On a recent webinar, FSD’s editors explored several trends making waves in the restaurant industry that also cross over to the noncommercial world. Here’s a look at what our editorial team is currently keeping an eye on.
Meal kits make a comeback
Though consumer interest in meal kits seemed to fade in recent years, the pandemic spurred a resurgence as restaurants launched meal kits to help shore up sales and consumers cooking at home more often looked for ways to ease their food prep and cut down on kitchen fatigue. The kits have been gaining ground in noncommercial, too: Sodexo partnered with HelloFresh earlier this year to bring meal kits to college students nationwide, and the team at senior-living facility Passavant Community developed its own line of meal kits called Fresh at Home, which they use as a marketing tool to pique the interest of potential residents.
Ghost kitchens grow
Ghost kitchens, which had been gaining steam before the pandemic, have really exploded in the time since. Many established brands, such as Chili’s, have gotten into the virtual kitchen game, while others, such as Mr. Beast Burger, are newcomers. In recent months, colleges have become an epicenter of this growth—Jersey Mike’s opened its first ghost kitchen on a college campus, and Chartwells Higher Ed began rolling out its own ghost kitchens initiative. Sports brands have also used ghost kitchens as a way to connect with fans in the era of social distancing: The Detroit Pistons launched Pistons Dish this spring, while NASCAR will soon debut its virtual Refuel concept.
Though sustainability took a back seat for many operators during COVID-19, it’s coming back to the fore. The dining team at the University of Pittsburgh, for example, has reintroduced reusable takeout containers after ceasing their use during the pandemic, and as of April, one-tenth of meals at the university’s The Perch and The Eatery dining halls were being served in these containers. Reusables are taking hold at restaurants as well. Earlier this year, independent concept Zuni Cafe changed all of its to-go packaging to reusable containers, and Starbucks is in the midst of testing a reusable cup program at some Seattle locations.
Off-premise keeps evolving
Concepts that had never considered off-premise offerings before the pandemic were forced to think again amid the shutdown. Delivery and takeout were especially new endeavors for a number of fine-dining restaurants and for many eateries in the noncommercial realm. Even K-12 schools made the leap into delivery. Contract management company K-12 by Elior started a home-delivery pilot at three districts before officially launching the program over the holidays; in January, it was serving more than 25,000 students via bus route each week.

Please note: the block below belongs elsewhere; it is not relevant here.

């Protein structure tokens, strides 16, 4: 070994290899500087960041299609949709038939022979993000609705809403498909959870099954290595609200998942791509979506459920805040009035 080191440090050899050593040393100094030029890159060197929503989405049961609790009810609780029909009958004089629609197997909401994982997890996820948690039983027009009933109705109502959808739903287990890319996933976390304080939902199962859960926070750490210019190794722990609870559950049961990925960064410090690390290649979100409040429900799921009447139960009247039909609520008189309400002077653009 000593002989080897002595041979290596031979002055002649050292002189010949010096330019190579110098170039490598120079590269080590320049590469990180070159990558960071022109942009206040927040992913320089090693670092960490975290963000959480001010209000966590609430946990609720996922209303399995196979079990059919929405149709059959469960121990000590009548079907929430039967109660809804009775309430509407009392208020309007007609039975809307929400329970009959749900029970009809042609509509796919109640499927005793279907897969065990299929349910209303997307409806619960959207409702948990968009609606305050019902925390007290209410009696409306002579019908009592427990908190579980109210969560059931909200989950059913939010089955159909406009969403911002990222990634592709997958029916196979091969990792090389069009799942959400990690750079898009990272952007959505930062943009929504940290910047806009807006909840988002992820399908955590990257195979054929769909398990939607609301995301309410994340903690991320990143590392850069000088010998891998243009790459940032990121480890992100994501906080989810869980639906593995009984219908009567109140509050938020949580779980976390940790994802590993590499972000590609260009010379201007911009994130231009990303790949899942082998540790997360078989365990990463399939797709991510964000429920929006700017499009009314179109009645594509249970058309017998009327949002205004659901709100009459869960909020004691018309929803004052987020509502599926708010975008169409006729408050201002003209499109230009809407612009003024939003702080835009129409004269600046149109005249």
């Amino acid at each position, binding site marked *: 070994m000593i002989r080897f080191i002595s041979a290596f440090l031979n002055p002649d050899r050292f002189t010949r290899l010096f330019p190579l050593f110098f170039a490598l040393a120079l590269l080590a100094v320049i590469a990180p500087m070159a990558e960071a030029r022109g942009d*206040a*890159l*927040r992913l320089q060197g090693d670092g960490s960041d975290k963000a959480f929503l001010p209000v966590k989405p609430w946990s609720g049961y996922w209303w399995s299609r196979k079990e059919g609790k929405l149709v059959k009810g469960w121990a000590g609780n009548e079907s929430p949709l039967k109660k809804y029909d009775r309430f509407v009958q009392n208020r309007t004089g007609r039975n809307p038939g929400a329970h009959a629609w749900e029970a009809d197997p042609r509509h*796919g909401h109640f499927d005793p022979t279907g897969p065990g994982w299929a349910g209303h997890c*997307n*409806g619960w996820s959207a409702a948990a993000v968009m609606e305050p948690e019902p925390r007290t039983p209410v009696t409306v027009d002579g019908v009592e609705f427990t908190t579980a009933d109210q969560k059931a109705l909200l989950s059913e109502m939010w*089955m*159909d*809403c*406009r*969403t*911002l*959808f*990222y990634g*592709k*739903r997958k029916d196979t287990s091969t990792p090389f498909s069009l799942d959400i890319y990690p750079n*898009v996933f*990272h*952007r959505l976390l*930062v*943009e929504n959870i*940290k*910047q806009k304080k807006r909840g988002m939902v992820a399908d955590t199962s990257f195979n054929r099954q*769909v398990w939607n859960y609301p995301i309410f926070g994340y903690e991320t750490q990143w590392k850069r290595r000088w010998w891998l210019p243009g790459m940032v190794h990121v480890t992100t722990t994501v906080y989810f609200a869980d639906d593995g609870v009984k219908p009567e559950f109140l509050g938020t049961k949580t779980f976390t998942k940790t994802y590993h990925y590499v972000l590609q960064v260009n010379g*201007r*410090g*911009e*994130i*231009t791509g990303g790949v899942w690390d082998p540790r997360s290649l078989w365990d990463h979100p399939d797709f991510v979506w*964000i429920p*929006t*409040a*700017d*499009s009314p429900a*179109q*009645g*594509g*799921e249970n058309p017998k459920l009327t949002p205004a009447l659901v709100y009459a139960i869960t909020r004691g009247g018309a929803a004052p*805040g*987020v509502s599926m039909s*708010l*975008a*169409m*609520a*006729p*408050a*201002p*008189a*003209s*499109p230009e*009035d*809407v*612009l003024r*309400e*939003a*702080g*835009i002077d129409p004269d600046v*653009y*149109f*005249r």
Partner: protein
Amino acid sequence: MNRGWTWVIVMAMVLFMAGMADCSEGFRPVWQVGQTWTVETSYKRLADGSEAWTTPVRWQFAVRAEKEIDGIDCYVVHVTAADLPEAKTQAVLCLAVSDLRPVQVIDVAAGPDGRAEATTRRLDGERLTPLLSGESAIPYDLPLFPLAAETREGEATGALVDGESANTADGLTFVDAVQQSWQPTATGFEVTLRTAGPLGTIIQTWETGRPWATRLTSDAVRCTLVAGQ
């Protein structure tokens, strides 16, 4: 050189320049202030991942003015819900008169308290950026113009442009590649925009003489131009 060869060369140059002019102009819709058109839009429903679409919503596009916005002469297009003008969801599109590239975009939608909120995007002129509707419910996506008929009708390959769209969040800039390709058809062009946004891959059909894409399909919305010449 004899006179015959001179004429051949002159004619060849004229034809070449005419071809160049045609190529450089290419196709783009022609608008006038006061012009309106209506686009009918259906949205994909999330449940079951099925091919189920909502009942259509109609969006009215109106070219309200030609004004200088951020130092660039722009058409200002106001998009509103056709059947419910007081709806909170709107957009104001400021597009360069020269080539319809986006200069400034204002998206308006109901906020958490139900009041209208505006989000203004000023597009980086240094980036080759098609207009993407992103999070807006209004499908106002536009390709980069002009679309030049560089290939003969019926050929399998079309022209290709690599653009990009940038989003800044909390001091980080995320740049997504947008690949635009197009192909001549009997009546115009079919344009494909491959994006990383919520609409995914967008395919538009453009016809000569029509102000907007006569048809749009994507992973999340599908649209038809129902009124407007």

Engagement goes online
Restaurateurs and restaurant brands alike have turned to the web to engage with guests, streaming cooking demos over Zoom, YouTube and similar platforms. Noncommercial operators have also been testing their skills in front of the camera. Springfield Public Schools, for example, recently launched its Chef Tips video series, and video demos became a COVID-era staple at a number of senior-living communities. At New York University, chef Tatiana Ortiz has cooked up her own series of dorm-ready demos featuring simple ingredients and easy steps.
More tech breaks through
Chick-fil-A recently made headlines for its test of robot delivery, which had appeared on college campuses prior to the pandemic but became another avenue of contactless service during it. Other sorts of robots have been showing up in noncommercial as well, including the three salad robots now at home at Washington University in St Louis. Doubling down on contactless tech, the University of Houston launched Market Next, a fully automated c-store, last fall. Students can walk into the concept and make purchases without ever using a kiosk or interacting with a cashier.
Plant-based stays center stage
Meatless offerings continue to grow in step with consumer demand, and operators are moving beyond processed meat replacements to more innovative preparations. Buona, a Chicago-based chain, recently introduced its plant-based rendition of the regional favorite Italian beef sandwich, and at Casa Yari, also in Chicago, banana blossoms are battered and fried for a plant-forward take on fish and chips. At Bryan Health in Lincoln, Neb., customers tend to go for meat and potatoes, Executive Chef Nazim Khan says, but they’ve become big fans of the offerings at the hospital system’s plant-based station, where the housemade falafel is a best-seller.
Chicken sandwiches get hotter
2020 was certainly the year of the chicken sandwich, with an estimated 50 new or updated versions hitting quick-service and fast-casual menus during that year and the early months of 2021. With so many new entrants, global and regional preps are becoming differentiators, as are versions boasting a bit more heat. Shake Shack introduced its Korean-Style Fried Chick’n with gochujang, and the Portillo’s chain put its own spin on the trendy sandwich by adding a spicy sauce made with giardiniera, a popular condiment in the Chicago area.
Catering changes with the times
With buffets and other popular catering setups going by the wayside during COVID, a number of restaurant chains and noncommercial concepts tested new tacks to keep catering going. Many provided meal packages for picnics and celebratory occasions, and Cracker Barrel in February launched its Boxed Meals To-Go platform, a lineup of individually packaged meals for all dayparts that can serve up to 200 guests. Noncom operators have leaned on boxed meals as well, with many using bento boxes to provide a more upscale packaged meal experience.